Hematopoietic differentiation occurs within the BM, after which time cells leave the BM and eventually enter the peripheral circulation. As one approach to model this developmental process, Vpr localization studies were performed in a human CD34+ BM progenitor cell line to determine whether this was similar to the pattern observed in either differentiated cell type (lymphocytes or monocytes). TF-1 cells showed perinuclear localization, with accumulation involving punctate foci both within the nucleus and likely at the endoplasmic reticulum, a pattern of accumulation more similar to that observed in 293T cells than either the lymphocytic or monocytic cell line. These observations suggest that cellular differentiation and/or activation results in changes in the pattern of Vpr accumulation. These changes may be closely linked to differentiation- and/or state-of-activation-dependent alterations in the presence or modification of intracellular factors regulated during the differentiation process. Indeed, the Vpr localization pattern in TF-1 was clearly different from that found within representative cell lines of CD4+ T-lymphocytic or monocytic origin.

The CNS, although anatomically compartmentalized, is surveyed by cells involved in immune surveillance and is also breached by potentially neurotoxic substances and/or cells infected by any of a number of infectious agents, including HIV, particularly under circumstances of pathogenic insult. Within the CNS, HIV-1 preferentially targets microglia, trafficking monocyte-derived macrophages and brain microvascular endothelial cells, and, to a lesser extent, astrocytes, which likely represent an important CNS reservoir simply based on their numbers. Owing to the lack of a reliable microglial cell line, we have investigated two different types of astroglioma cell lines (U-373 MG and U-87 MG) and found that Vpr displayed a similar localization pattern in both. A predominant accumulation around the nuclear envelope was observed, although Vpr also localized within the cytoplasm and to a lesser extent in the nucleus and around the nucleoli. This localization pattern was most similar to that observed in one previous study performed in U-87 MG cells [7].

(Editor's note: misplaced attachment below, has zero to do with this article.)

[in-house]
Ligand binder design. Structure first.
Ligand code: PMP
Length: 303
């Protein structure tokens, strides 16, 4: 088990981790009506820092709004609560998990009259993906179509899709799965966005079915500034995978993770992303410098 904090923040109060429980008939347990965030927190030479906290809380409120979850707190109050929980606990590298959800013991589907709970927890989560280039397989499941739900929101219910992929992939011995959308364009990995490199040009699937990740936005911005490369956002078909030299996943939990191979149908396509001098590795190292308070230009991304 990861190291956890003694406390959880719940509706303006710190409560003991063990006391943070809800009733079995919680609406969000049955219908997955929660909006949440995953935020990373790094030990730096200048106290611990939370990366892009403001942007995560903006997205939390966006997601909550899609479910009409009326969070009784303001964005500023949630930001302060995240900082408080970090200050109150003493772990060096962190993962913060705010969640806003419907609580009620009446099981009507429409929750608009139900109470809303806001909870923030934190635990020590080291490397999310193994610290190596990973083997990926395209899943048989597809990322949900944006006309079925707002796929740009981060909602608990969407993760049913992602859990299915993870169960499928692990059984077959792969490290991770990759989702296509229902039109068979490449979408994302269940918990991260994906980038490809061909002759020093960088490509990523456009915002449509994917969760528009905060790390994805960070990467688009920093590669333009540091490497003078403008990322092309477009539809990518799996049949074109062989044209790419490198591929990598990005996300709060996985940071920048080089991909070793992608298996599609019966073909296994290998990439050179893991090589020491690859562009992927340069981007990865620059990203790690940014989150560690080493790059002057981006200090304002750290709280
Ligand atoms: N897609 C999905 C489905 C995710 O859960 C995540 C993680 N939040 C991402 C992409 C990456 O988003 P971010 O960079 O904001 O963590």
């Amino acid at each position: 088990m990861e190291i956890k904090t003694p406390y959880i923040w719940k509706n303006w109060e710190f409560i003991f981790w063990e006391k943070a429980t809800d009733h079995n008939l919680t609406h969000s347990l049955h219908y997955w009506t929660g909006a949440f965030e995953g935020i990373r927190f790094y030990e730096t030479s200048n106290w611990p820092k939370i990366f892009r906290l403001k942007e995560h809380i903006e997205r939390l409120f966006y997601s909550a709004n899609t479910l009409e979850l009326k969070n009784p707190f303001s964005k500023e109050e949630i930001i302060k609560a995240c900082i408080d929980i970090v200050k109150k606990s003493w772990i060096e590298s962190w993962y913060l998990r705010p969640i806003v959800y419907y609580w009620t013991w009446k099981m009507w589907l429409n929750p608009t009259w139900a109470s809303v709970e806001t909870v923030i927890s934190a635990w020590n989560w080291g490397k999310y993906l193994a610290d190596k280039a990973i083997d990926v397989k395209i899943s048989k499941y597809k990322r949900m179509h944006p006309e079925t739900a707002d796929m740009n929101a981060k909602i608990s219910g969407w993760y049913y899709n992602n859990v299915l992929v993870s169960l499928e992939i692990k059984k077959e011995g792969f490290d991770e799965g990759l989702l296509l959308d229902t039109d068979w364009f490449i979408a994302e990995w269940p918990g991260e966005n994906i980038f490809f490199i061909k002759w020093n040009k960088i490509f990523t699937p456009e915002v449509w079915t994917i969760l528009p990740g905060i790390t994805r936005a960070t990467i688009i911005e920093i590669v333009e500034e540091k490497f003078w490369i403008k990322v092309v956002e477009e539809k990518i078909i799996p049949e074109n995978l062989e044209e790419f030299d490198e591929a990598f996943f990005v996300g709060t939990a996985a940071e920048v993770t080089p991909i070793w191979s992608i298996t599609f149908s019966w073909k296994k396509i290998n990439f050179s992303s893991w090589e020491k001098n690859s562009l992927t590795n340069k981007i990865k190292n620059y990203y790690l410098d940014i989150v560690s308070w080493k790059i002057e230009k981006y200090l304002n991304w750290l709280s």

The differential localization patterns we observed in the aforementioned cell lines indicate that the cellular phenotype affects the intracellular distribution of Vpr and point to a role that Vpr might play in each cell type. In this regard, a nuclear localization pattern in monocyte-derived macrophages may reflect a role Vpr could have as a transcription factor. This possibility is substantiated by studies that confirmed a lack (or low level) of infectivity for Vpr-deficient molecular clones in cells of the monocytic lineage. Conversely, a cytoplasmic accumulation in CD4+ T lymphocytes could denote a more active participation in later phases of the viral cycle, such as virion incorporation or as a secreted protein. In the former case, the presence of Vpr within the cytoplasm could reflect an increased interaction with p6 proteins as more viral transcription takes place. Indeed, within CD4+ T cells, Vpr is known to synergize with Nef in activating nuclear factor of activated T cells (NFAT)-dependent and cyclic AMP response element (CRE)-directed transcription [64]. This leads to increased viral genome production owing to the presence of NFAT and CRE-responsive elements within the HIV-1 promoter. In the latter case, because Vpr has been shown to be released from Jurkat cells [65] and extracellular Vpr has been detected within the blood of HIV-1-infected patients [66,67], this cell type could be responsible for secretion of Vpr within the PB compartment, given the Vpr cytoplasmic distribution in this T-cell line. However, it remains possible that Vpr release is just the consequence of Vpr's apoptogenic nature rather than the result of an active secretion process (for a review, see Ferrucci et al., 2011, manuscript in press). A further explanation of the different intracellular localization of Vpr between Jurkat and U-937 cells could lie in the differential expression of Vpr binding partners between the two cell lines. For instance, Vpr is known to interact with UNG, a uracil DNA glycosylase repair enzyme [68], whose gene gives rise to UNG1 and UNG2 by alternative splicing, found cytoplasmically and nuclearly, respectively [69]. A possible phenotype-specific differential expression of either form in the two cell lines, such that UNG1 were found predominantly in Jurkat (or CD4+ T lymphocytes) and UNG2 primarily in U-937 (or monocytic cells), could then explain why Vpr localizes within the cytoplasm or the nucleus, respectively. Other important intracellular host factors Vpr has been shown to interact with are the Sp1 and CCAAT enhancer binding proteins (C/EBP) [70], which are differentially regulated in several different cell lines. For instance, the overabundance of C/EBP in U-937 monocytic cells compared with Jurkat lymphocytes (Y. Liu and B. Wigdahl, unpublished observations) could explain a more nuclear localization of Vpr in the former cell line. Conversely, a more perinuclear localization in the other cell lines examined could be the cause of decreased affinity with the aforementioned proteins, rather a stronger binding for factors such as importin-α for which Vpr was shown to interact [4,18,21].